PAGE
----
Defense Date

2022

Document Type

Thesis

Degree Name

Master of Science in Dentistry

Department

Dentistry

First Advisor

Carol Caudill, D.D.S

Second Advisor

Caroline K. Carrico, Ph.D.

Third Advisor

Carlos S. Smith, D.D.S., M.Div

Abstract

Use of Passive Immobilization During Oral Conscious Sedation: Parental Perceptions and Utilization by Pediatric Dentists in The United States, Levine J, Caudill, C (Virginia Commonwealth University School of Dentistry, Richmond, VA)

Research supported by the Alexander Fellowship

Purpose: To assess change in parental attitudes of passive immobilization after viewing an informational video and evaluate how pediatric dentists are currently using passive immobilization during oral conscious sedations (OCS).

Methods: A survey consisting of six statements on a 5-point Likert scale was completed by parents at their child’s OCS consultation appointment before and after viewing an educational video demonstrating benefits of passive immobilization during OCS. The AAPD national survey amongst pediatric dentists had similar statements to the parent survey in addition to questions about current use and methods used to present passive stabilization to parents.

Results: A total of 76 parents participated. After the video, 97% understood the purpose of passive stabilization and 95% agreed that it made treatment safer for their child. Overall, 92% felt comfortable using the Papoose board for behavior guidance. Although baseline approval was high, there were significant improvements in parents’ agreement with understanding the purpose (P=.002), allowing best treatment (P=.011), feeling comfortable (P=0.016), and making treatment safer (P=0.016). A total of 757 responses were collected from pediatric dentists. Among those who performed oral sedations, 70% used passive stabilization boards and indicated patient safety (96%), provider safety (80%), and patient behavior guidance (76%) as the most common indications. Most providers reported using verbal explanation regarding passive immobilization to the parents (94%).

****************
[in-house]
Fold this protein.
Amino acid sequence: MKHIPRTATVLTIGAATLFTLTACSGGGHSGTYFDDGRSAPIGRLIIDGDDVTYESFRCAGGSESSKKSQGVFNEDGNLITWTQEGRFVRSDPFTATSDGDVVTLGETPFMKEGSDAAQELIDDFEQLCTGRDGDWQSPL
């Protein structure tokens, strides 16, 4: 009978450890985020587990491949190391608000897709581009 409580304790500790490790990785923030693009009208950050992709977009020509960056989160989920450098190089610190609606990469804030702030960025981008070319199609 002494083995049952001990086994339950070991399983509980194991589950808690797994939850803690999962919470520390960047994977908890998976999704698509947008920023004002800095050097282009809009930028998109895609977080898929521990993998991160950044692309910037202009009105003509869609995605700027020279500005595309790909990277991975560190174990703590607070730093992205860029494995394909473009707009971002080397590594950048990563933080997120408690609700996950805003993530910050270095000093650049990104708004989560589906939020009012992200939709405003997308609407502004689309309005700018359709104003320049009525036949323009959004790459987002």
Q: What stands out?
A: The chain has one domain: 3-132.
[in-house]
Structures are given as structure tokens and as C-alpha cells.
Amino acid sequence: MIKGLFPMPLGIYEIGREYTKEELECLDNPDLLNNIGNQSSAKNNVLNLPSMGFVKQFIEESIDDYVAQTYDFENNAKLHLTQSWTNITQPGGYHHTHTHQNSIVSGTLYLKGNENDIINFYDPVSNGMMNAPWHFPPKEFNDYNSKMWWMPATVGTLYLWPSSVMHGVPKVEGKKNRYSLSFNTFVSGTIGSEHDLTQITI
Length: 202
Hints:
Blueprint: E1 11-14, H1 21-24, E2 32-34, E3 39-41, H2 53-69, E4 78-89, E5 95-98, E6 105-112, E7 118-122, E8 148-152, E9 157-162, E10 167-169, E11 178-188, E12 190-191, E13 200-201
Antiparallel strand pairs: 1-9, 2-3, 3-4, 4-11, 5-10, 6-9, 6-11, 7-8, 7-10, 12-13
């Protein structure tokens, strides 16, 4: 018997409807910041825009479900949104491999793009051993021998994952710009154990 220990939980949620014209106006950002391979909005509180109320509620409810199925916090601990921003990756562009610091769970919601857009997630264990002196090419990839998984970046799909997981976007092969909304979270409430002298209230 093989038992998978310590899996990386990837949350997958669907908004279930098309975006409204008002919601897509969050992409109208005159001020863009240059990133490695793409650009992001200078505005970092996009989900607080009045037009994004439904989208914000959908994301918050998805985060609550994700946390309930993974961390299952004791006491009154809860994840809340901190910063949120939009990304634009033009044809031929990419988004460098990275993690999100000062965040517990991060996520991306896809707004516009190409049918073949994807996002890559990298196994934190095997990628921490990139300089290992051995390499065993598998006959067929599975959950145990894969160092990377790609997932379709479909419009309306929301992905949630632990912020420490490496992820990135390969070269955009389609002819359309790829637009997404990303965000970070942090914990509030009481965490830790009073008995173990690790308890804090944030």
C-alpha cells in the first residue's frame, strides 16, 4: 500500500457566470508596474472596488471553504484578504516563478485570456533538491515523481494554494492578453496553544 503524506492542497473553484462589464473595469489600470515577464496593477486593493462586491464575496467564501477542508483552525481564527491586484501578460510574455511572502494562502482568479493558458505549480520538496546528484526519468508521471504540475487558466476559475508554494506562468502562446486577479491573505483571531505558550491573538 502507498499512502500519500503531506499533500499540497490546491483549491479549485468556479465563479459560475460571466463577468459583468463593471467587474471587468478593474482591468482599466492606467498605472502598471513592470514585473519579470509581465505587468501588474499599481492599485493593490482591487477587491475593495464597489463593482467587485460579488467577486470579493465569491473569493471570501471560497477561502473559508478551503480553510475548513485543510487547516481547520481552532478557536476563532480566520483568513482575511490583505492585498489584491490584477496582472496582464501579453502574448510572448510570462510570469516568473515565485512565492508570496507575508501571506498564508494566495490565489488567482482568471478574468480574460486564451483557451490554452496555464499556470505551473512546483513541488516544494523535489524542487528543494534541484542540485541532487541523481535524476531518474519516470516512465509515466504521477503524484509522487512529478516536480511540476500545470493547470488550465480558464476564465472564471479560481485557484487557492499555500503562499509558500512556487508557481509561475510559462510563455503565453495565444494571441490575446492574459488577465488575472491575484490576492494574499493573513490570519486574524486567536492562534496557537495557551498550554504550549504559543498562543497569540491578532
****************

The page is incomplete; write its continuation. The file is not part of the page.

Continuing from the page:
Conclusion: The majority of pediatric dental providers are using a form of protective stabilization during their oral sedations. Most parents are accepting of protective stabilization during oral sedation and additional acceptance can be gained by using an audio-visual aid for explanation as part of the informed consent process.

Rights

© Jennifer Levine, DDS, MS

Is Part Of

VCU University Archives

Is Part Of

VCU Theses and Dissertations

Date of Submission

5-4-2022

Available for download on Thursday, May 04, 2023

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